Jupiter's moon Europa

Trump's 2018 NASA budget: The good, the bad, and the very, very ugly

Contributed by
Mar 20, 2017

So, the White House released its preliminary budget for Fiscal Year 2018. It’s an overview, not a detailed listing, but even so, at 62 pages there’s a lot in there to pick apart. It’s being excoriated for its social welfare issues, its unneeded military spending increase and simultaneous devastating State Department cuts, and much more.

I have very strong opinions on all that, obviously, but here, I want to look specifically at NASA’s proposed budget. President Trump hasn’t said much about NASA, and this first budget proposal can give us insight into what he and his administration plan. Mind you, this is not an official budget. In fact, I expect the actual budget, once passed, will look different from what's proposed here ... though I worry it won’t look different enough. But this is just a preliminary budget, a jumping-off point, if you will (and a metaphor that is eerily appropriate). The Senate and the House will put together their versions, and hammer out differences, and then submit it to the President to sign. It’s entirely possible a lot of the more Draconian cuts may yet be reversed.

Having said that, at first glance the budget for NASA in the proposal doesn’t look too bad: $19.1 billion, down just a smidge from last year’s expenditure. But the devil, as they say, is in the details.

First, I’ll note that, as usual, The Planetary Society has a nice brief review of the NASA budget. You’ll get some good details there*. Many other places give an overview as well, like the Washington Post and the LA Times.

Let me start off with a surprise: The budget proposal calls for the cancelation of the Asteroid Redirect Mission...and I’m glad about that. ARM was a 2013 proposal to snag, bag, and tag a small (7-meter) asteroid and tow it to lunar orbit, to be retrieved later for study. It’s splashy, and interesting, and when the idea was first proposed I was supportive, though only cautiously — given NASA’s fixed budget, a big mission like that was bound to impact other areas of research. I later was somewhat more vocal about not liking it so much; at a billion dollars just to get the rock (and not to send astronauts to study it) it seemed more like an excuse to use the Space Launch System rocket and Orion capsule, and not something that was driven by the needs of the scientific community.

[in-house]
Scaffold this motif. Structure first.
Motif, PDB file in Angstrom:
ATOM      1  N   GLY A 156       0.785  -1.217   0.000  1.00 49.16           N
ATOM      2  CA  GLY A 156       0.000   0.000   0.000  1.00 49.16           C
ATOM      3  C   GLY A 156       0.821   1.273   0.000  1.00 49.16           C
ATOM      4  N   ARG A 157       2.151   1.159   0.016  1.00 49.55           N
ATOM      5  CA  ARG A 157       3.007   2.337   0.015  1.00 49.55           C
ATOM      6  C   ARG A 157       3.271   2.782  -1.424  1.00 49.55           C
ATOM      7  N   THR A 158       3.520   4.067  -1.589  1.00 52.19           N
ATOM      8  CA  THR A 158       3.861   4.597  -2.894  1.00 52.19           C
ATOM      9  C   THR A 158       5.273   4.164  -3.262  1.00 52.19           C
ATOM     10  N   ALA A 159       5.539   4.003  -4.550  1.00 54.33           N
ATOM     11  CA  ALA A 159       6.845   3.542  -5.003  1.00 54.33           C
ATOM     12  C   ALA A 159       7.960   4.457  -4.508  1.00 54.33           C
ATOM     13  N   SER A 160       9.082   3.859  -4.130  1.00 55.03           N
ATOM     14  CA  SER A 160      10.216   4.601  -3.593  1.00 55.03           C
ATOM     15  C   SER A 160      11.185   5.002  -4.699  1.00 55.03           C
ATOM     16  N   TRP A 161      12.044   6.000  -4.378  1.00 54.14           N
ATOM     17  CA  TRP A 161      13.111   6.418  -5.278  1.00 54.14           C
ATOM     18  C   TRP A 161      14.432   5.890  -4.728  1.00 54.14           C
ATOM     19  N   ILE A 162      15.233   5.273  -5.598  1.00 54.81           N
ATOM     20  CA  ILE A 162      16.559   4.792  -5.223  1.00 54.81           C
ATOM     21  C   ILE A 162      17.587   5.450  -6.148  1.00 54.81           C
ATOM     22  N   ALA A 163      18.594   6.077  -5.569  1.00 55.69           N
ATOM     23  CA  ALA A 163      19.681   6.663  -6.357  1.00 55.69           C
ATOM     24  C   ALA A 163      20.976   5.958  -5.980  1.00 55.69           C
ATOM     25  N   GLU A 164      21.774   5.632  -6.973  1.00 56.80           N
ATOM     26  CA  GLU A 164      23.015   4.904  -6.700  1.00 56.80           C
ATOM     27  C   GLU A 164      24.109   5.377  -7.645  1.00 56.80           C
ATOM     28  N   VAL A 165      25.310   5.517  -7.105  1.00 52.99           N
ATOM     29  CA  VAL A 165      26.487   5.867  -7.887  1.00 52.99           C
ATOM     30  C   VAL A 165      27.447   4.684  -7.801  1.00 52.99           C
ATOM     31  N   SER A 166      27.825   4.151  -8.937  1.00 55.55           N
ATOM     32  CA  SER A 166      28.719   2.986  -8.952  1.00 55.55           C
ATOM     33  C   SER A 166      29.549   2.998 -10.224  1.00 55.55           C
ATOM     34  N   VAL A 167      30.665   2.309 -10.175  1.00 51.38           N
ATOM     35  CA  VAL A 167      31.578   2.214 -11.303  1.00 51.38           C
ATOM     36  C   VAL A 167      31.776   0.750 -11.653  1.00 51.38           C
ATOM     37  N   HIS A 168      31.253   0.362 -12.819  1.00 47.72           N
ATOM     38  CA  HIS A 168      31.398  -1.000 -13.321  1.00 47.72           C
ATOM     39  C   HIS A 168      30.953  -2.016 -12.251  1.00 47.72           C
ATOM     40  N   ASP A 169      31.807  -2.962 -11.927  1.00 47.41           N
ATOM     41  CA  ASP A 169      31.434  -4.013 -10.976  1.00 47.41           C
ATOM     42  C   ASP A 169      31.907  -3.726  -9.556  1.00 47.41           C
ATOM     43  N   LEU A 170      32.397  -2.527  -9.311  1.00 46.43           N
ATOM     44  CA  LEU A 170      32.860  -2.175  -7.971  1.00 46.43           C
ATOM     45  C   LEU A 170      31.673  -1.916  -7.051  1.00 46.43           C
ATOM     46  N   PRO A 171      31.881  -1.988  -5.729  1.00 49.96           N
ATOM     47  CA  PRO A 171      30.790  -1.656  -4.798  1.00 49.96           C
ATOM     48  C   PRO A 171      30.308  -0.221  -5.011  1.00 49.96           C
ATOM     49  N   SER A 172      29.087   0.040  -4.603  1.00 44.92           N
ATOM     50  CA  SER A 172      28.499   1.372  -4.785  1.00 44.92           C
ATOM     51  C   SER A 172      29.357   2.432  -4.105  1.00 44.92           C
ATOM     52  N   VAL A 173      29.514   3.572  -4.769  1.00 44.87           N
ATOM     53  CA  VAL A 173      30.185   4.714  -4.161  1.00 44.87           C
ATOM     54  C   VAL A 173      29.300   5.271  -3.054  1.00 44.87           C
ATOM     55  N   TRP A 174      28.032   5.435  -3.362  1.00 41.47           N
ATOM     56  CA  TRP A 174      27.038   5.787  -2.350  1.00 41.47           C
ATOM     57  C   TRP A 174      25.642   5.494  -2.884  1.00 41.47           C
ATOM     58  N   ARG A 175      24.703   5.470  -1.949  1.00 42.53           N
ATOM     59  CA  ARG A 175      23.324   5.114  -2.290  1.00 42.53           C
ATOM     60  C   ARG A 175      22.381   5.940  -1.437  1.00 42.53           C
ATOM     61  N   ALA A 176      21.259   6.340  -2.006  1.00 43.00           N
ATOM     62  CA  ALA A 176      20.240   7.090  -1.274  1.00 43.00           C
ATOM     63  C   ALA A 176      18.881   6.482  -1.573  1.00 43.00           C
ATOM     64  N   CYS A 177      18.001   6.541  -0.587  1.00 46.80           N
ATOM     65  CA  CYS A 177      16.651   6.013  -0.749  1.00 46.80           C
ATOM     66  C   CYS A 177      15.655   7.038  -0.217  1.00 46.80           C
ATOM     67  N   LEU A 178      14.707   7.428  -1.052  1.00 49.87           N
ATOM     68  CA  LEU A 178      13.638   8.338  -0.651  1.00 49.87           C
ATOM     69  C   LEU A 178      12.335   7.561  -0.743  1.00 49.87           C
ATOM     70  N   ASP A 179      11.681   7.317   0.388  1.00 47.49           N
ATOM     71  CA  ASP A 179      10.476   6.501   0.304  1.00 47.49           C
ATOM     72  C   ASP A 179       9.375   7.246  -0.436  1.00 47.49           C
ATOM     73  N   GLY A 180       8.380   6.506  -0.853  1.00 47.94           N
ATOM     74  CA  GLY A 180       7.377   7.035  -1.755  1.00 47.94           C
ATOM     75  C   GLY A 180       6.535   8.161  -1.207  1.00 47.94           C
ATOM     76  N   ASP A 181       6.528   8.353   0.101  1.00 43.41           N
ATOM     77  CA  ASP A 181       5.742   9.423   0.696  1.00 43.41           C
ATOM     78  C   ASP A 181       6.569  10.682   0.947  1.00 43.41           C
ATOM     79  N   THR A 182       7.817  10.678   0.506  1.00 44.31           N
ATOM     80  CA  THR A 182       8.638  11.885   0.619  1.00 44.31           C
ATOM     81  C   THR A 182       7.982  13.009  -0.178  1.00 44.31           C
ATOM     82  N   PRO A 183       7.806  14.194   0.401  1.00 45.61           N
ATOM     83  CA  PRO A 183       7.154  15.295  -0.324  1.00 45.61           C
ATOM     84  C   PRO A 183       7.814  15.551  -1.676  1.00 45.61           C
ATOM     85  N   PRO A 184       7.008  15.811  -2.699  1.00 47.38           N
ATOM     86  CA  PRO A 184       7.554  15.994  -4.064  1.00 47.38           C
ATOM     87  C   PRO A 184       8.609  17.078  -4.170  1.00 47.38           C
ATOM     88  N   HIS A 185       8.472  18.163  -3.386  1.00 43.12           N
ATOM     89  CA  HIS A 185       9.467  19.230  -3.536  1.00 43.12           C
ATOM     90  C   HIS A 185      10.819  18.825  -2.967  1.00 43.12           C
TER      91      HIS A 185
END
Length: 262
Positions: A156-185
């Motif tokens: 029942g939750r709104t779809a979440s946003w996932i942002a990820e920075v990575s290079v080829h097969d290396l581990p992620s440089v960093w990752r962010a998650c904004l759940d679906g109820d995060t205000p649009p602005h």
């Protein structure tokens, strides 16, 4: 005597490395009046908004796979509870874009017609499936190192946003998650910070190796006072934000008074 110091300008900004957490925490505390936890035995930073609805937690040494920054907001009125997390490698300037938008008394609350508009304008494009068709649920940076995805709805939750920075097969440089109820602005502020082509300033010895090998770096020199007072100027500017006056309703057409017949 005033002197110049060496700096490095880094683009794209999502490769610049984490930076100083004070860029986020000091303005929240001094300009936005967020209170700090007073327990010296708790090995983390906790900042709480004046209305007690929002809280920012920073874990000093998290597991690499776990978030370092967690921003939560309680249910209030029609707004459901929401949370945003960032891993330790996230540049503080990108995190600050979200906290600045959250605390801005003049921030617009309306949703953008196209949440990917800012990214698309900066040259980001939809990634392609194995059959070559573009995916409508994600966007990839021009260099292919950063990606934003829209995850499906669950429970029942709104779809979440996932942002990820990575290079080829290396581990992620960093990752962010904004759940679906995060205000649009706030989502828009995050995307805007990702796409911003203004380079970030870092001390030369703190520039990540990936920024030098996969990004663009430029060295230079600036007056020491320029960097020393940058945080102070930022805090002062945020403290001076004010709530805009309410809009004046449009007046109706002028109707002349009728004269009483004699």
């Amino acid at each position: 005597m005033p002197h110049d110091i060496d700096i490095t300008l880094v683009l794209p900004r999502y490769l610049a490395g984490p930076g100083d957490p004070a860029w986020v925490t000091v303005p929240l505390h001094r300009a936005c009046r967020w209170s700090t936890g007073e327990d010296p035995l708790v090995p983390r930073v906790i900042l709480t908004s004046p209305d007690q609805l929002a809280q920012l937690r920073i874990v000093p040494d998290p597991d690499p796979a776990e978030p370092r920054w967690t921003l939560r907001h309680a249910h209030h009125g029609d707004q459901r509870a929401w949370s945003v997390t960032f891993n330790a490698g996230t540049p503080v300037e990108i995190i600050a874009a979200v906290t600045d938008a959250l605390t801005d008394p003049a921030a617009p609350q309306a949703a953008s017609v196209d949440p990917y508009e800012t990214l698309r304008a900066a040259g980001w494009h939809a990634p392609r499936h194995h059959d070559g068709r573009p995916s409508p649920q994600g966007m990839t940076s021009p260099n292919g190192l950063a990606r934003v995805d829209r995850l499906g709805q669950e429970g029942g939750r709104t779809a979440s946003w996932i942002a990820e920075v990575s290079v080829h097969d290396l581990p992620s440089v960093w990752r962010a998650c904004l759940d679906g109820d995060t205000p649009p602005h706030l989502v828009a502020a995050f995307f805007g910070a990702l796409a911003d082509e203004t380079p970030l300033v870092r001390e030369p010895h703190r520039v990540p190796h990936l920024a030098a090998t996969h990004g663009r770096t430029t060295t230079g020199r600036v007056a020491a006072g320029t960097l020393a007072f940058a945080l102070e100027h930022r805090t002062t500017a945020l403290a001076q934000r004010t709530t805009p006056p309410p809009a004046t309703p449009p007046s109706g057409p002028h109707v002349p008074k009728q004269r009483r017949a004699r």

SLS launching

Artwork depicting the launch of SLS with an Orion capsule, right now scheduled for no earlier than late 2018. Credit: NASA/MSFC

 

So, I actually won’t shed too many tears over this. And while I hate to say it, I suppose I won’t fret too much over the announced $3.7 billion in support of SLS and Orion. At this point, those two vehicles are locked in to NASA’s future, as much as I think they are a colossal waste of time and money, as well as being incredibly risky and not what NASA should be working on. My thoughts on this are on record, and haven’t changed much over the past few years. The only difference now is that they’re far enough along that I don’t think they’ll get canceled, so we’ll have to suck it up and accept that they’ll get built.

At least the proposed budget says it will “support and expand public-private partnerships”, meaning contracting out to companies like SpaceX, Blue Origin, Boeing, Orbital ATK, and the like. I still firmly think that this is the future of getting off Earth: NASA as well as other countries’ space agencies have paved the way technologically for decades, and now we can let private companies take it from here building those vehicles, with NASA developing and testing new tech along the way. It works to the skilled advantages of both: NASA’s budget allows them to try avenues that might not work, while companies have the ability to be flexible and develop ways of getting to space more cheaply. We’re still just getting started with this, but it’s working pretty well so far.

Interestingly, there's nothing in the proposal about going back to the Moon or heading onward to Mars. Trump has made noises about returning to the Moon, and given President Obama's desire to see NASA go to Mars I can imagine what Trump thinks of that. We'll have to wait for a detailed budget proposal to know more about that.

Still, the part of the budget that has me scratching my head is this bit: “[This budget] Eliminates the $115 million Office of Education, resulting in a more focused education effort through NASA’s Science Mission Directorate. The Office of Education has experienced significant challenges in implementing a NASA-wide education strategy and is performing functions that are duplicative of other parts of the agency.”